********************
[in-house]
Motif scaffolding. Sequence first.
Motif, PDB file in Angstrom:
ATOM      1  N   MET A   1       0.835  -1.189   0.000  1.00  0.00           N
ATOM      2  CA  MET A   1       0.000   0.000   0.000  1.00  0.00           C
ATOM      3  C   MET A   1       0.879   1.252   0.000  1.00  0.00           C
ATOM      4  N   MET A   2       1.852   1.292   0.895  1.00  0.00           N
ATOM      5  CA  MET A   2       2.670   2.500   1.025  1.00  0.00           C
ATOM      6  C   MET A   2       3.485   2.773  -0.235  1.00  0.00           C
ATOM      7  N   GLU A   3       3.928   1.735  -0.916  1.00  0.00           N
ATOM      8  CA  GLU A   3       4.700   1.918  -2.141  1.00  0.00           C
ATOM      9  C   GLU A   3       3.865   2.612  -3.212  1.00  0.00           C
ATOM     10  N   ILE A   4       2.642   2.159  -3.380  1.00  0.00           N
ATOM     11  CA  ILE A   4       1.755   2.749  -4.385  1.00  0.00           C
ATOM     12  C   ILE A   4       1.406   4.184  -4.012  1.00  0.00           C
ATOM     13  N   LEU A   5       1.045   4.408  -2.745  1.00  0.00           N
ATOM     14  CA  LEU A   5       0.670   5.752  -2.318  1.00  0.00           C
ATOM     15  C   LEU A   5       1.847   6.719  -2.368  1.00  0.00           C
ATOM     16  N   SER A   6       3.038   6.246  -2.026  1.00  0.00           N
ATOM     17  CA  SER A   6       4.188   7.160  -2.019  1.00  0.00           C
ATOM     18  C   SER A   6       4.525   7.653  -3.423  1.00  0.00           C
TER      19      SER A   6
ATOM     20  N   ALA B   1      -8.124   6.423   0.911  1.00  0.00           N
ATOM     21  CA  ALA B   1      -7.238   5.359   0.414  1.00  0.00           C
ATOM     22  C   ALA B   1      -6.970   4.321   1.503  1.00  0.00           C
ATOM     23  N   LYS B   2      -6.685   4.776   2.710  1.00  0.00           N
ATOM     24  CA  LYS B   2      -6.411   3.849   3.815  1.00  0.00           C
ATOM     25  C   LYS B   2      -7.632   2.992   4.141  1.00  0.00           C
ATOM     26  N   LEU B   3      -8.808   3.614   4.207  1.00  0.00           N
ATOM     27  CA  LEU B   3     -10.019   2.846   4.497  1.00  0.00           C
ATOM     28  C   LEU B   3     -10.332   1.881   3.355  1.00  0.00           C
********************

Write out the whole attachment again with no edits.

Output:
[in-house]
Motif scaffolding. Sequence first.
Motif, PDB file in Angstrom:
ATOM      1  N   MET A   1       0.835  -1.189   0.000  1.00  0.00           N
ATOM      2  CA  MET A   1       0.000   0.000   0.000  1.00  0.00           C
ATOM      3  C   MET A   1       0.879   1.252   0.000  1.00  0.00           C
ATOM      4  N   MET A   2       1.852   1.292   0.895  1.00  0.00           N
ATOM      5  CA  MET A   2       2.670   2.500   1.025  1.00  0.00           C
ATOM      6  C   MET A   2       3.485   2.773  -0.235  1.00  0.00           C
ATOM      7  N   GLU A   3       3.928   1.735  -0.916  1.00  0.00           N
ATOM      8  CA  GLU A   3       4.700   1.918  -2.141  1.00  0.00           C
ATOM      9  C   GLU A   3       3.865   2.612  -3.212  1.00  0.00           C
ATOM     10  N   ILE A   4       2.642   2.159  -3.380  1.00  0.00           N
ATOM     11  CA  ILE A   4       1.755   2.749  -4.385  1.00  0.00           C
ATOM     12  C   ILE A   4       1.406   4.184  -4.012  1.00  0.00           C
ATOM     13  N   LEU A   5       1.045   4.408  -2.745  1.00  0.00           N
ATOM     14  CA  LEU A   5       0.670   5.752  -2.318  1.00  0.00           C
ATOM     15  C   LEU A   5       1.847   6.719  -2.368  1.00  0.00           C
ATOM     16  N   SER A   6       3.038   6.246  -2.026  1.00  0.00           N
ATOM     17  CA  SER A   6       4.188   7.160  -2.019  1.00  0.00           C
ATOM     18  C   SER A   6       4.525   7.653  -3.423  1.00  0.00           C
TER      19      SER A   6
ATOM     20  N   ALA B   1      -8.124   6.423   0.911  1.00  0.00           N
ATOM     21  CA  ALA B   1      -7.238   5.359   0.414  1.00  0.00           C
ATOM     22  C   ALA B   1      -6.970   4.321   1.503  1.00  0.00           C
ATOM     23  N   LYS B   2      -6.685   4.776   2.710  1.00  0.00           N
ATOM     24  CA  LYS B   2      -6.411   3.849   3.815  1.00  0.00           C
ATOM     25  C   LYS B   2      -7.632   2.992   4.141  1.00  0.00           C
ATOM     26  N   LEU B   3      -8.808   3.614   4.207  1.00  0.00           N
ATOM     27  CA  LEU B   3     -10.019   2.846   4.497  1.00  0.00           C
ATOM     28  C   LEU B   3     -10.332   1.881   3.355  1.00  0.00           C